Home Blog Uncategorized The news feed has a five-year shelf-life (at most)

The news feed has a five-year shelf-life (at most)

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The news feed, as we know it, will be gone in five years.

Controversial? Somewhat. But, I’m not actually saying that to be a contrarian. I think we may see a shift soon. Here’s why.

First, just take a peek at the current news feed. What do you notice–immediately? Unless you’re lying to yourself, the answer is quite easy: Ads. And, a lot of them. And, it’s going to get a lot worse before it gets better. According to a recent CMO Survey, marketers expect social media ad budgets to increase by 89% by 2022. Of course, that same survey said that nearly 3 out of every 4 users (74%) think there are too many ads. And that number was 78% for adults 35+ years old. Yikes.

Second, another big shift we’re starting to see is the move from public-facing social media to private social media. In other words, moving from the public news feed to texts, DMs and private groups. This is where social media is going. If positioned among public social media platforms, WhatsApp, Messenger and WeChat would be among the top five platforms in terms of monthly active users.

Also: social media use is generally driven by younger people’s behaviors (in terms of what’s coming next). And, what are those behaviors right now? Well, young people watch a lot of YouTube. If my 15-yo son’s behavior is any indication they also send a lot of private messages. Via Instagram. Via Snapchat. Via text. It’s really all they do. I don’t think I’ve ever seen my son comment on a Facebook, Instagram or Twitter post. Ever. Those are both passive and one-on-one behaviors–not one-to-many.

Finally, for young people (granted, this one tilts male), gaming is the new social experience. Why get together IRL, when you can hook up and play Fortnite virtually for hours on end? This is a relatively new social construct. And, the more time these young people spend on gaming, the less time they’re spending on traditional social networks like Facebook, Twitter and Insta.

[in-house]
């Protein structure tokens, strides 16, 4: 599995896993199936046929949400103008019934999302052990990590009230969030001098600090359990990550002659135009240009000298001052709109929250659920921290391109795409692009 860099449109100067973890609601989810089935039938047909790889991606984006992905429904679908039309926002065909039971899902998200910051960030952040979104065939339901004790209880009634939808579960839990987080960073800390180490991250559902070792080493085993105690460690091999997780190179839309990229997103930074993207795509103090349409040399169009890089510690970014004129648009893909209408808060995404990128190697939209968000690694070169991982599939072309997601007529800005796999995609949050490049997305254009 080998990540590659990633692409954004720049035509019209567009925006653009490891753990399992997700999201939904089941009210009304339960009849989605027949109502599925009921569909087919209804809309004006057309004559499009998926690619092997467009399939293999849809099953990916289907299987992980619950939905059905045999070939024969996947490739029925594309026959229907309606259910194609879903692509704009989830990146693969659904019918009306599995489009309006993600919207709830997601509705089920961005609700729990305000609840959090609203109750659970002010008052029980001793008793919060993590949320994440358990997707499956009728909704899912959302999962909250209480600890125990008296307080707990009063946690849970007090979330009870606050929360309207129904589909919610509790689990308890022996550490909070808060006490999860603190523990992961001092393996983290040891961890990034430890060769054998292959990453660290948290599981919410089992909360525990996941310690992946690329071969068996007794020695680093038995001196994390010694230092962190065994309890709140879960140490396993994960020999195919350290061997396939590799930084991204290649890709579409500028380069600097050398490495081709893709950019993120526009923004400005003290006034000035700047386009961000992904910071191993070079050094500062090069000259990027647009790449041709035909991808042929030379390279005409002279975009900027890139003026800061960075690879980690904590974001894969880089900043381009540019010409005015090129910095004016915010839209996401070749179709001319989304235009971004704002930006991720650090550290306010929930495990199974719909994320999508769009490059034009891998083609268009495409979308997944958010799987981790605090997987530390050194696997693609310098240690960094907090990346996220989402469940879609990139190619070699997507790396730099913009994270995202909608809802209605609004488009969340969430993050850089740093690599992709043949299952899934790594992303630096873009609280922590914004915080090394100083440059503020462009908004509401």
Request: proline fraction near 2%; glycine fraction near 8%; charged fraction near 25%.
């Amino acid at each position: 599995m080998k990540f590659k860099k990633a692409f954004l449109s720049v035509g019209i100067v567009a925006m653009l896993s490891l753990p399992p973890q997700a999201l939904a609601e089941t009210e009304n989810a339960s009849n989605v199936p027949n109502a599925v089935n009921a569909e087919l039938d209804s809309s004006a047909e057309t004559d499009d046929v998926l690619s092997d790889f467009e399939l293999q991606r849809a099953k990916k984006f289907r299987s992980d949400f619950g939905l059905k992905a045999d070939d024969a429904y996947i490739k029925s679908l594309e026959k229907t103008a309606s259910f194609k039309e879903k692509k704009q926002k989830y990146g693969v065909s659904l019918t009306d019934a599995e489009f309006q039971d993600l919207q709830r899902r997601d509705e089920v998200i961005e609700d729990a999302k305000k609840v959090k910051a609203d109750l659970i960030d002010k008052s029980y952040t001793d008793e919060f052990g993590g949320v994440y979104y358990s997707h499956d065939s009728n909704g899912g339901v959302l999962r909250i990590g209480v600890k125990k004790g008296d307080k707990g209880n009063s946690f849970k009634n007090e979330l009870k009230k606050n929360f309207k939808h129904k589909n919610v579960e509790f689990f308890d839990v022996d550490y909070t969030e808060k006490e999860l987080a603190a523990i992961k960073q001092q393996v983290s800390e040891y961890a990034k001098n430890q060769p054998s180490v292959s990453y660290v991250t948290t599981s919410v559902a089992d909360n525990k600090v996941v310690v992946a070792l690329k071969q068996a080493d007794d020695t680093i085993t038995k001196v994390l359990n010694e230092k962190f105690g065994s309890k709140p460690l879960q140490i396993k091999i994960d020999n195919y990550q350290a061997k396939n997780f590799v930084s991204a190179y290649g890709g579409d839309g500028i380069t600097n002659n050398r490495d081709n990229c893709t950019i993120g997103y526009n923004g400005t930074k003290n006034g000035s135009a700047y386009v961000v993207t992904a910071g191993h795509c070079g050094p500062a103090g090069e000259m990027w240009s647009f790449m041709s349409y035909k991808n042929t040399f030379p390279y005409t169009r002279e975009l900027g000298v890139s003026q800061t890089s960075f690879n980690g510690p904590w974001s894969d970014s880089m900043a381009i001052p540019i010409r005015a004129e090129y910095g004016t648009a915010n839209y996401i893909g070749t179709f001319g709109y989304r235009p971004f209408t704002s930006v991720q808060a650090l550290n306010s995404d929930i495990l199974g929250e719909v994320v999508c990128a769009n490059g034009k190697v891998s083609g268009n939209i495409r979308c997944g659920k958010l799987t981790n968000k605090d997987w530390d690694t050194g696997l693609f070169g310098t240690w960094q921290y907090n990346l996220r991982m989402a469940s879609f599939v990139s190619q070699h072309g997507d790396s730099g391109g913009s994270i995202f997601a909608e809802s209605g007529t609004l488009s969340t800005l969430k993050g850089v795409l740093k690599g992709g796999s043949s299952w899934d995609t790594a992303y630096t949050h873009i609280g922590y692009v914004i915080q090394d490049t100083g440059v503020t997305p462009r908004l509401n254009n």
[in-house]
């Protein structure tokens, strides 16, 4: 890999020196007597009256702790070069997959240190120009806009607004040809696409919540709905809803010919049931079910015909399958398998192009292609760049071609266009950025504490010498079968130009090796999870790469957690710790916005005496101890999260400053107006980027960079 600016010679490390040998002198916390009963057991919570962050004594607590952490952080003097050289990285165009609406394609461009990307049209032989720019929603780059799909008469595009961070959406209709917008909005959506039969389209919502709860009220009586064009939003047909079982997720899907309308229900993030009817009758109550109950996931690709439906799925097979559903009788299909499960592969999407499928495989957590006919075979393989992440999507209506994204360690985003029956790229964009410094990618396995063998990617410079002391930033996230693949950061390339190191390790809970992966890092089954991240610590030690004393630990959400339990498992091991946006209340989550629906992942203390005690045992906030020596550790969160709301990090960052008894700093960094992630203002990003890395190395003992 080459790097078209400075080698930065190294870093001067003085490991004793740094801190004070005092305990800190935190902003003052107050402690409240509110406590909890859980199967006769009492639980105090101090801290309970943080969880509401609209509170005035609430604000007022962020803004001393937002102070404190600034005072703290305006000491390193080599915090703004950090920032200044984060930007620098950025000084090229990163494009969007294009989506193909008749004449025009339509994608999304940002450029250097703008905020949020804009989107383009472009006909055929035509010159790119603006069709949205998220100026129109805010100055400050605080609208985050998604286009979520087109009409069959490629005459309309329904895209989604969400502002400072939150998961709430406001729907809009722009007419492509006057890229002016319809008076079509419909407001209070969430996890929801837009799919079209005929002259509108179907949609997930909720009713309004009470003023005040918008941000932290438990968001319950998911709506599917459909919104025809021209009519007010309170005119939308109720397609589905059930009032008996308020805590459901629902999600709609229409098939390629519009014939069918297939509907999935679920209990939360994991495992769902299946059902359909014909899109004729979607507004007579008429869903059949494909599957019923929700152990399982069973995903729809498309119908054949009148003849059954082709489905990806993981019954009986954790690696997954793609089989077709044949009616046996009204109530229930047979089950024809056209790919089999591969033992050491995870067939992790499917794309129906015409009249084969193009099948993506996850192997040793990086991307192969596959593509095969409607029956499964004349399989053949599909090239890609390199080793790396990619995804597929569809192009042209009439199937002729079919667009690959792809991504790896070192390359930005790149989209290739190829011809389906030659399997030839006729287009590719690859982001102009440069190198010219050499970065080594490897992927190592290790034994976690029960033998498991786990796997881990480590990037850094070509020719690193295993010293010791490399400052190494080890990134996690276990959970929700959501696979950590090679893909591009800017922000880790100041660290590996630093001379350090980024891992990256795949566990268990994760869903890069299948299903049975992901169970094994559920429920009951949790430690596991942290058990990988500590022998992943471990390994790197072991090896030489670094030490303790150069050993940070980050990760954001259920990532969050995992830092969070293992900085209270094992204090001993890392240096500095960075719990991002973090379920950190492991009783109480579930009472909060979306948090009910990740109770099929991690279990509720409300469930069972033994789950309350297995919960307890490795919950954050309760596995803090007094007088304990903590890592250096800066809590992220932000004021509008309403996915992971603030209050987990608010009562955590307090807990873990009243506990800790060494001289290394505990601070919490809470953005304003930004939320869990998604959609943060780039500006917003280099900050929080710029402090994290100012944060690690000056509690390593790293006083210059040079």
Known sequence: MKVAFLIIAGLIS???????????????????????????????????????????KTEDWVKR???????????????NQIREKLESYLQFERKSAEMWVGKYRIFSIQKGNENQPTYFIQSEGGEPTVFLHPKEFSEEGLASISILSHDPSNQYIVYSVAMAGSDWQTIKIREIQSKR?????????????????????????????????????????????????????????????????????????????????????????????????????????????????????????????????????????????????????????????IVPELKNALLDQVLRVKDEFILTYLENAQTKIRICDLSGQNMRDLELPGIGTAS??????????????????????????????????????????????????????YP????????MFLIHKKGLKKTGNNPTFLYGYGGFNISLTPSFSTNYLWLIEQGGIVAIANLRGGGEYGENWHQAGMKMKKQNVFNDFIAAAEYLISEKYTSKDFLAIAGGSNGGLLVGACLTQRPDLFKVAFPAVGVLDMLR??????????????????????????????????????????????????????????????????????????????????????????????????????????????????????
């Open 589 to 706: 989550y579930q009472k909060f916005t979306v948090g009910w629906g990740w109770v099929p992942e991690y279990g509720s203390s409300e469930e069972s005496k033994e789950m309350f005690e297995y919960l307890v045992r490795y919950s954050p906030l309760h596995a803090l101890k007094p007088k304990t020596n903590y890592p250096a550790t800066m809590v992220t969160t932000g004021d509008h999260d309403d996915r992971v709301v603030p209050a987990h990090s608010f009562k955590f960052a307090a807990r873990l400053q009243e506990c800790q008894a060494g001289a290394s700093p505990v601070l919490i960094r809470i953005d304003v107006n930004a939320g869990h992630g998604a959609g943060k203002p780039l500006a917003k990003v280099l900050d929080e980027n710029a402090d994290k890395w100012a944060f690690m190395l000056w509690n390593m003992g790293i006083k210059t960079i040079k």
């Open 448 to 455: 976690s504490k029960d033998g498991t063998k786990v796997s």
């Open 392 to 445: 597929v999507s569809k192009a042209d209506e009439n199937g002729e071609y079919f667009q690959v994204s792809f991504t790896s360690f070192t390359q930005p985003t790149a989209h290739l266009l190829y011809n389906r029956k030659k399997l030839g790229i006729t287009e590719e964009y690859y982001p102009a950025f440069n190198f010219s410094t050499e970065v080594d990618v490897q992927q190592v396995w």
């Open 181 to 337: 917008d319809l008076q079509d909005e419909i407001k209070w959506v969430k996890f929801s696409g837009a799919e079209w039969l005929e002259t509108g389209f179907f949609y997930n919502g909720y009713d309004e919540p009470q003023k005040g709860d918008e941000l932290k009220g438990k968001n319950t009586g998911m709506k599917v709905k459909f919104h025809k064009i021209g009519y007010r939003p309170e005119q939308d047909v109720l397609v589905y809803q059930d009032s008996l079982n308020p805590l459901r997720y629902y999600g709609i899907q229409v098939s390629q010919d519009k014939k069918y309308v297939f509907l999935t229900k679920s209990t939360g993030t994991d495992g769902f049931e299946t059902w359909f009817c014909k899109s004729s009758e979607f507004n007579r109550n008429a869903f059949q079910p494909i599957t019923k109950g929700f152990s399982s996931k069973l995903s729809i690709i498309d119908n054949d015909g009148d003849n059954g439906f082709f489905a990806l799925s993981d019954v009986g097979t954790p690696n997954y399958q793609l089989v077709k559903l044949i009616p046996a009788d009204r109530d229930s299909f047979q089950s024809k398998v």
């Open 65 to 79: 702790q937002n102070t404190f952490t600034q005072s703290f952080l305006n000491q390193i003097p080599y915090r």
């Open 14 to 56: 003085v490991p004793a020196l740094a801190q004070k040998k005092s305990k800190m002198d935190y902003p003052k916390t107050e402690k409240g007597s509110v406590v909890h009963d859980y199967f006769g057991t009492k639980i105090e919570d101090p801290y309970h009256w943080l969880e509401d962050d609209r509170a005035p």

So, the ingredients are definitely there for the news feed to gradually lose relevance. I say gradually because this definitely won’t happen overnight. It’s a 5-7 year process. But, I think it’s starting now. And, I wouldn’t be surprised at all if social media marketing looked completely different in five years as a result.

In fact, we’re starting to see what social media marketing 2.0 might look like.

Just look at what Crocs is doing with TikTok. This is the next-level visual creativity that will be needed from branded to get attention in the next 5-10 years. Because, this is the kind of visual content that’s getting attention NOW on TikTok. It’s hard to do. It’s influencer-driven. And, it’s time-consuming. And, it’s happening on a platform that is decidedly NOT built on the traditional feed model.

Just look at what Nike is doing with Fortnite. They recently unveiled new “skins” on Fortnite complete with Nike Air Jordans. If you’re a Fortnite player, you know skins are everything. They are the way you differentiate yourself within the game. A status symbol, of sorts. So, this is a perfect way for Nike to insert itself into the game–and “conversation”–without appearing like an ad. This is next-level social media (more like digital) marketing.

Just look at what Playstation is doing with gifs. Gaming is the new basement experience for today’s youth. Instead of gathering in-person, many kids prefer to sit in front of their own computer screen playing Xbox or Playstation with friends over head sets. And, while they’re playing, they’re definitely communicating–but, usually it’s via text or direct message. Playstation identified that trend and with this collection of gifs is finding new ways to work itself in to the discussion among gamers. Again, this is what social media marketing 2.0 looks like.

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The news feed has a five-year shelf-life (at most)

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